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Autofocusing performance is quick and accurate in good light when the camera is set for release-priority operation. The 5D defaults to Focus-Priority, in which the shutter can’t be fired until the camera has confirmed focus—handy for keeping snapshooters from accidentally taking out of focus images of stationary subjects, but less appropriate for serious photographers who want the camera to record what they see in the viewfinder at the moment they fully depress the shutter button. Activating Release-Priority (in which the shutter fires when you fully depress the shutter button whether or not the AF system has confirmed focus) does speed things up.

In the recording mode, the camera’s large 2.5” LCD monitor displays detailed shooting data in large, easy-to-read type.

Metering performance was excellent, and the 5D did a great job with bright, high-contrast subjects like white birds in direct sun. Dynamic range and color reproduction are excellent, but highest-quality JPEG images were a bit noisier at all ISO settings than with the 7D (I couldn’t test RAW image quality because the necessary software was not yet available when we received our test sample). All in all, though, image quality is very good. Besides ISO settings from 100 to 3200, the 5D offers an Auto ISO mode, in which the camera sets an appropriate ISO for the shooting conditions—very handy in rapidly changing lighting situations.

The Bottom Line
The Maxxum 5D is a little slower than its “big brother” Maxxum 7D, but it’s a very good camera, capable of turning out very good images at a very good price—I wouldn’t have shot nearly 5000 photos with our test camera if it hadn’t delivered the goods.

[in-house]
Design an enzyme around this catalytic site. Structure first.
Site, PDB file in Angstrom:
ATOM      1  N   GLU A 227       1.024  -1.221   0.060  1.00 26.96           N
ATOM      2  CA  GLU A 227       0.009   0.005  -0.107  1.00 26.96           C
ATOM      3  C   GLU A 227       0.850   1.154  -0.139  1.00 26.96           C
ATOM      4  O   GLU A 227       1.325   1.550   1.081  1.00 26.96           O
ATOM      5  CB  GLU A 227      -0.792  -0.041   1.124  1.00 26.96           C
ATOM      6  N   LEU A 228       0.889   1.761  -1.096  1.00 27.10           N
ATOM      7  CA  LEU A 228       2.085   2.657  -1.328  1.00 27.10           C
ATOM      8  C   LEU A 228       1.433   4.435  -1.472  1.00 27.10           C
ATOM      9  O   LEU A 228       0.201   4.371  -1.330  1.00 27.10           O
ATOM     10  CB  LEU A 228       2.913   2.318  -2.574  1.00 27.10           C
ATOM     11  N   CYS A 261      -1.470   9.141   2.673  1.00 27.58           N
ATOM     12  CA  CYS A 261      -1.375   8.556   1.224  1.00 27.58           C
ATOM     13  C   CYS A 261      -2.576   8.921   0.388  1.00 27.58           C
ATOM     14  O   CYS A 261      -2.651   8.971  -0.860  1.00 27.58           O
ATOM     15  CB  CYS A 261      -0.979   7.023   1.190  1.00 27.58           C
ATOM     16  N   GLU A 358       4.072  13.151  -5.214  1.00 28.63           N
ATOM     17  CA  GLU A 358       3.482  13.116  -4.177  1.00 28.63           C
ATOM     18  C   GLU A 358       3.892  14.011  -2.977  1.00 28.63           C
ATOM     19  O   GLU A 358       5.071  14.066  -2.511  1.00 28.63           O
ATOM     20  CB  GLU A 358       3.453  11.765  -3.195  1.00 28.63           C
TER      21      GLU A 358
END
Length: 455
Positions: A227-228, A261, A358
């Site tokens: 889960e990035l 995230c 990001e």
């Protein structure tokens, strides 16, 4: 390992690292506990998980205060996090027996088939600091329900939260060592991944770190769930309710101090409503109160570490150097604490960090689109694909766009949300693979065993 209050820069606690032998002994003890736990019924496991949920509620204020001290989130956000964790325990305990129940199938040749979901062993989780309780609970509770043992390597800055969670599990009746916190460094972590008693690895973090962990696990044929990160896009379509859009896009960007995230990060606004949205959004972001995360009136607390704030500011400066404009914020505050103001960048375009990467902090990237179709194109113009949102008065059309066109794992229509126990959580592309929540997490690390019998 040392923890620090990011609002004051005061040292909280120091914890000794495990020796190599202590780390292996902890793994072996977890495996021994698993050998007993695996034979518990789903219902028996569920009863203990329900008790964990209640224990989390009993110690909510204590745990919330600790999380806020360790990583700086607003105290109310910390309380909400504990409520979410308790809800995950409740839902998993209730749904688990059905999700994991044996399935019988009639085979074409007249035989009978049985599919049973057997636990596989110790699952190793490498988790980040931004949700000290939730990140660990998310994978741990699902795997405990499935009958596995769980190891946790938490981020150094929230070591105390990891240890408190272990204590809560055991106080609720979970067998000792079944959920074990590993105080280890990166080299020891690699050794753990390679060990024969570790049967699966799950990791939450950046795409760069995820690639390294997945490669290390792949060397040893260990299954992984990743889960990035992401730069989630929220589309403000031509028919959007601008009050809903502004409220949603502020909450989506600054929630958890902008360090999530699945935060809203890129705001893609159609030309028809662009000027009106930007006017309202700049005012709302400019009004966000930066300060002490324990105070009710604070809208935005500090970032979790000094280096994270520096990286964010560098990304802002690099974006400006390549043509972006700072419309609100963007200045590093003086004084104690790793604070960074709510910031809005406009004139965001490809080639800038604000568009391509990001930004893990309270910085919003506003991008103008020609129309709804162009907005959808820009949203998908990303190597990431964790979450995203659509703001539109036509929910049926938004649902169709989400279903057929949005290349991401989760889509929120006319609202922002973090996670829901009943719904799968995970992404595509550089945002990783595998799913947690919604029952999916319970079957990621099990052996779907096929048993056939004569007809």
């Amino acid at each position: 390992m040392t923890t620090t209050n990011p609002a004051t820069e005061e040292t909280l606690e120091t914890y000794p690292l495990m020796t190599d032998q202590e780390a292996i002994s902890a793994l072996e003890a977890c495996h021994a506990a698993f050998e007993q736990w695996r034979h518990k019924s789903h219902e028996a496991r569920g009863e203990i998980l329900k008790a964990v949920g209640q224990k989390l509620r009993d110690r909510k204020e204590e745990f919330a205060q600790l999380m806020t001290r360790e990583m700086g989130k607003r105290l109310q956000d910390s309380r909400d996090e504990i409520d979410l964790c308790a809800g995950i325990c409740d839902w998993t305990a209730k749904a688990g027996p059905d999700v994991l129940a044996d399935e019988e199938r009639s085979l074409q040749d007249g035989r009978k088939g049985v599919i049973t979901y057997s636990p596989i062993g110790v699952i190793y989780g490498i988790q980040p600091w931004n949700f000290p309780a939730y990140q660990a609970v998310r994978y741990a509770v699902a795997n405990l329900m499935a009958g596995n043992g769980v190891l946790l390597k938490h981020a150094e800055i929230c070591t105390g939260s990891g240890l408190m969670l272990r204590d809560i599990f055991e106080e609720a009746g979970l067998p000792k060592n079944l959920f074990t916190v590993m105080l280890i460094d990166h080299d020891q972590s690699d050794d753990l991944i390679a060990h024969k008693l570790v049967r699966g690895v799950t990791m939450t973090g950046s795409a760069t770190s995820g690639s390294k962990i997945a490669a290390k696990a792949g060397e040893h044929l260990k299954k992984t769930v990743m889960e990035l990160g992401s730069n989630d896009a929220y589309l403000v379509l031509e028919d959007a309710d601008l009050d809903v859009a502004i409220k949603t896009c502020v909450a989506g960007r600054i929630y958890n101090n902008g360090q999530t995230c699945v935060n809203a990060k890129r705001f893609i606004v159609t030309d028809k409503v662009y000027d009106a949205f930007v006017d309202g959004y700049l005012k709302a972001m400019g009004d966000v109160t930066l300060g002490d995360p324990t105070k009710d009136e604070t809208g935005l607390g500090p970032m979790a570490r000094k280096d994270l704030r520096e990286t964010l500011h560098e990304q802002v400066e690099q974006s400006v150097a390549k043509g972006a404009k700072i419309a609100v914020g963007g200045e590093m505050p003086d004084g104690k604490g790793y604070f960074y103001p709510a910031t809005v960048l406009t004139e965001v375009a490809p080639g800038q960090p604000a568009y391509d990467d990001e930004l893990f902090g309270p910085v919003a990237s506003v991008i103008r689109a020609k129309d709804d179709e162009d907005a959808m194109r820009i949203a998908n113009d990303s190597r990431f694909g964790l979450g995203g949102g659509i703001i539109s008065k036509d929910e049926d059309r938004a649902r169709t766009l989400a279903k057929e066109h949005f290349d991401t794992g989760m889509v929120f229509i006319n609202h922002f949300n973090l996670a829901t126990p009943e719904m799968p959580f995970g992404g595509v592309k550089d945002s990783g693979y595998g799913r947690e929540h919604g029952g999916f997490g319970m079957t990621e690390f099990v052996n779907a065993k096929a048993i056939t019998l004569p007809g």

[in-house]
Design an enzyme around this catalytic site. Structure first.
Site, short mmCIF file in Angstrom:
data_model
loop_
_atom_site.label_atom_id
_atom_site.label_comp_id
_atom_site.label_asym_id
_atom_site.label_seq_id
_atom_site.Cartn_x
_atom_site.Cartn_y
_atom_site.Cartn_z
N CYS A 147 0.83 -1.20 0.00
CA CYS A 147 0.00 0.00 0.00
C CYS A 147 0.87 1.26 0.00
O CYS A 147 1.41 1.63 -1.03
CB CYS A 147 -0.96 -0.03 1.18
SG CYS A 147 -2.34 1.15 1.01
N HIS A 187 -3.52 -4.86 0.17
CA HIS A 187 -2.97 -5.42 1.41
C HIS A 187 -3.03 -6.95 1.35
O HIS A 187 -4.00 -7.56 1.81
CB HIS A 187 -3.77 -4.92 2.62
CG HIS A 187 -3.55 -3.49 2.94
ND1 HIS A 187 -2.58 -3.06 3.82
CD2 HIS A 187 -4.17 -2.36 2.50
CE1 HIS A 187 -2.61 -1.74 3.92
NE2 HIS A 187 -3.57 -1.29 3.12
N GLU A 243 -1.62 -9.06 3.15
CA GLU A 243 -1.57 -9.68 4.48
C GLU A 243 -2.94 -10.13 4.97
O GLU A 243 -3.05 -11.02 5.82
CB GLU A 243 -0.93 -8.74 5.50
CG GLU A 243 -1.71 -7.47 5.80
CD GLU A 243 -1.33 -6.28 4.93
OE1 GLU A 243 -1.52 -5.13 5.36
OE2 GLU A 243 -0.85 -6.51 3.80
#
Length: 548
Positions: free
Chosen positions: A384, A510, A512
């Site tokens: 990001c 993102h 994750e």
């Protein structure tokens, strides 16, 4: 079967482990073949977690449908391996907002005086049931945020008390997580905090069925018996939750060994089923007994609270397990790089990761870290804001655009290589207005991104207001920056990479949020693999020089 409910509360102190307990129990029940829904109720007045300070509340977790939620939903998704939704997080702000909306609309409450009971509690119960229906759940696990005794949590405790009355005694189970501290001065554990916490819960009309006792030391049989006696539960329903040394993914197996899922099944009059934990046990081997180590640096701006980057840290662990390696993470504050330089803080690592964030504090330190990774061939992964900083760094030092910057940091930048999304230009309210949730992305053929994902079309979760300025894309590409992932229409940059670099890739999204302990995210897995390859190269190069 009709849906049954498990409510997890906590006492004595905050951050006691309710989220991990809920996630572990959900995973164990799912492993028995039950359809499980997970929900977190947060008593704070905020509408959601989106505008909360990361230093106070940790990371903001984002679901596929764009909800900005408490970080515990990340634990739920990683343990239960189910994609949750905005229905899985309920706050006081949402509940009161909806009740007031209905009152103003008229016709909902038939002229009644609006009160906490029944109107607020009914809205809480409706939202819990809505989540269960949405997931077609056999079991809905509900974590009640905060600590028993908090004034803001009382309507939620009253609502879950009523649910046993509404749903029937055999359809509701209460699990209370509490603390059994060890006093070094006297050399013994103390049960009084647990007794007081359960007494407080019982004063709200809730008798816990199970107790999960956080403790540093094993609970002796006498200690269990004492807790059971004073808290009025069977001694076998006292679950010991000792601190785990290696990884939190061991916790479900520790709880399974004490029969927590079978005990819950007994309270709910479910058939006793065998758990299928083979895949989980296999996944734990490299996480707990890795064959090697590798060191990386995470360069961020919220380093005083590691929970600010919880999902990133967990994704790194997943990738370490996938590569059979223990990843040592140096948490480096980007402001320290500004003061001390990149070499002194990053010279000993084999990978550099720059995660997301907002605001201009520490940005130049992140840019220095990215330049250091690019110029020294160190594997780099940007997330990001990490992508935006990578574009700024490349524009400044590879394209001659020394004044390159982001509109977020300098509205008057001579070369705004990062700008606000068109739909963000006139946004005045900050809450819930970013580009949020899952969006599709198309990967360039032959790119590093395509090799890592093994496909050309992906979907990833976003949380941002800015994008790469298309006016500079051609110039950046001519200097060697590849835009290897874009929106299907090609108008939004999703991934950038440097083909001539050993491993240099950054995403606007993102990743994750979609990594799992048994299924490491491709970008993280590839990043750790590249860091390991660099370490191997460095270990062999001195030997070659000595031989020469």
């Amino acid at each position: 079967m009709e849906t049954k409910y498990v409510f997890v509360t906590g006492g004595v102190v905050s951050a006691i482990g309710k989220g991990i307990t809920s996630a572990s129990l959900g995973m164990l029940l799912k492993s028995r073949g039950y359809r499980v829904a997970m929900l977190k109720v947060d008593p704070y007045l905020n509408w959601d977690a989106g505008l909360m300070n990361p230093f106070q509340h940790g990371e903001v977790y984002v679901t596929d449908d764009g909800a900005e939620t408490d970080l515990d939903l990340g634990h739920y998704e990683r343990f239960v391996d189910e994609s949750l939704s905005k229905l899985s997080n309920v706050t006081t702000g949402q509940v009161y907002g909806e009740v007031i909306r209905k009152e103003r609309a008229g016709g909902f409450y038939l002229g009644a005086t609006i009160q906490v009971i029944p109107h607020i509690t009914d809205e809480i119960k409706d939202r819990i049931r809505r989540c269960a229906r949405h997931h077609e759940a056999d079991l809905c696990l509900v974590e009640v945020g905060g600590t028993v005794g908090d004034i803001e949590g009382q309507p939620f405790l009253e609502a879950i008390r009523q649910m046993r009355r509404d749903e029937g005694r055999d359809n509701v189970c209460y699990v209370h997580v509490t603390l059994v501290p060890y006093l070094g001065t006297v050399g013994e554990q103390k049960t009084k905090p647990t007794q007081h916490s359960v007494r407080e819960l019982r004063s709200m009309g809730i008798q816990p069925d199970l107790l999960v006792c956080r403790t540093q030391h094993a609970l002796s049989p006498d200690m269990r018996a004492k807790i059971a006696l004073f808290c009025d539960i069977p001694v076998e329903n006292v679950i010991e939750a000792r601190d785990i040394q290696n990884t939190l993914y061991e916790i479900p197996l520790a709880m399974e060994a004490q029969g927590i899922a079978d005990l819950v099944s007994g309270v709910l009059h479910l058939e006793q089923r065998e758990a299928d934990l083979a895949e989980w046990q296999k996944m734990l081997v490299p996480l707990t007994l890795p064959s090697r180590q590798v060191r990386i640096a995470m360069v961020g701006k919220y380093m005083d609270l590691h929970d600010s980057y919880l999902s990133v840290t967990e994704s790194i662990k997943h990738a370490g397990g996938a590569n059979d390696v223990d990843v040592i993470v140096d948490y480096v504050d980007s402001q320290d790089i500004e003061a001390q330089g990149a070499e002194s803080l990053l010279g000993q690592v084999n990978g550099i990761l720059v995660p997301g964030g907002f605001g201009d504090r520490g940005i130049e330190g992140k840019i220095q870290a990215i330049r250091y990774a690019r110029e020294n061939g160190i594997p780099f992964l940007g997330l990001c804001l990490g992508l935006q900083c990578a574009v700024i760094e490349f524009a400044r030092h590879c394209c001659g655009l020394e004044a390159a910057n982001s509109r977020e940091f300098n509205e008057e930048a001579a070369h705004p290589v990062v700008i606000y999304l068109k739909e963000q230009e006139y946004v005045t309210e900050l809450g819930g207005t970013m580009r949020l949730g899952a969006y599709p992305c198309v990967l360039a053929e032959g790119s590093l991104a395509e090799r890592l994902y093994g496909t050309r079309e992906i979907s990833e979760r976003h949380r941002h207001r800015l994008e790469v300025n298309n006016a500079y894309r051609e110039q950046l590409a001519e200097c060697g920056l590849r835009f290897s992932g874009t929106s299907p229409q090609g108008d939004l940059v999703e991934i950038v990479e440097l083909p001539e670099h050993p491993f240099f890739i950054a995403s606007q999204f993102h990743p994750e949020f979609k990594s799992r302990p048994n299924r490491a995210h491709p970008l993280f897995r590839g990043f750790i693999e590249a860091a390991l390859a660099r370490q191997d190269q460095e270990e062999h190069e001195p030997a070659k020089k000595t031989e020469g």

Stretching the limits: ISO 3200, 300mm (450mm equivalent), 1/20 at f/5.6, hand-held with Anti-Shake on.

Like all Maxxum cameras, the Maxxum 5D accepts the full range of Maxxum lenses, which currently number 35, with focal lengths from 16mm fisheye to 600mm supertelephoto. In addition, the 5D will also accept the three new DT series lenses designed especially for the digital SLRs: the AF DT Zoom 11–18mm f/4.5–5.6(D), 18–70mm f/3.5–5.6(D) and 18–200mm f/3.5–6.3(D). This gives the Maxxum 5D user access to focal length equivalents from 16.5mm (the wide end of the 11–18mm DT zoom) to 900mm (the 600mm supertelephoto).

LENS MOUNT: Minolta A bayonet
RECORDING MEDIA: CF cards or Microdrives (SD/MMC cards with optional adapter)
FOCUSING: TTL phase-detection single-shot AF, continuous AF, auto switching from single-shot to continuous when subject motion detected; 9 AF points selectable by user or automatically by camera; AF down to EV –1; manual focusing via ring on lens
METERING: 14-segment honeycomb, center-weighted average, spot
EXPOSURE MODES: Shiftable program AE, shutter- and aperture-priority AE, metered manual, 5 Digital Subject Programs
SHUTTER SPEEDS: 30 sec. to 1/4000 plus bulb for longer exposures
DRIVE MODES: Single-shot, or continuous 3 fps (for up to 5 RAW images)
VIEWFINDER: Fixed eye-level pentaprism type shows 95% of actual image area; 20mm eyepoint; built-in adjustable eyepiece correction from –2.5 to + 1.0 diopter
LCD MONITOR: 2.5”. color TFT, 115,000 pixels
FLASH: ADI TTL autoflash with pop-up unit (ISO 100 GN 12/39 in meters/feet) and dedicated shoe-mount Maxxum flash units; wireless off-camera flash capability; max. flash-sync shutter speed 1/160
POWER SOURCE: One rechargeable NP-400 lithium-ion battery pack; AC via optional adapter
DIMENSIONS: 5.1x3.6x2.6 in.
WEIGHT: 20.8 oz.
STREET PRICE: $799.99; $899.99 with 18–70mm DT zoom lens
DISTRIBUTOR: Konica Minolta Photo Imaging U.S.A., Inc.; wwww.kmpi.konicaminolta.us

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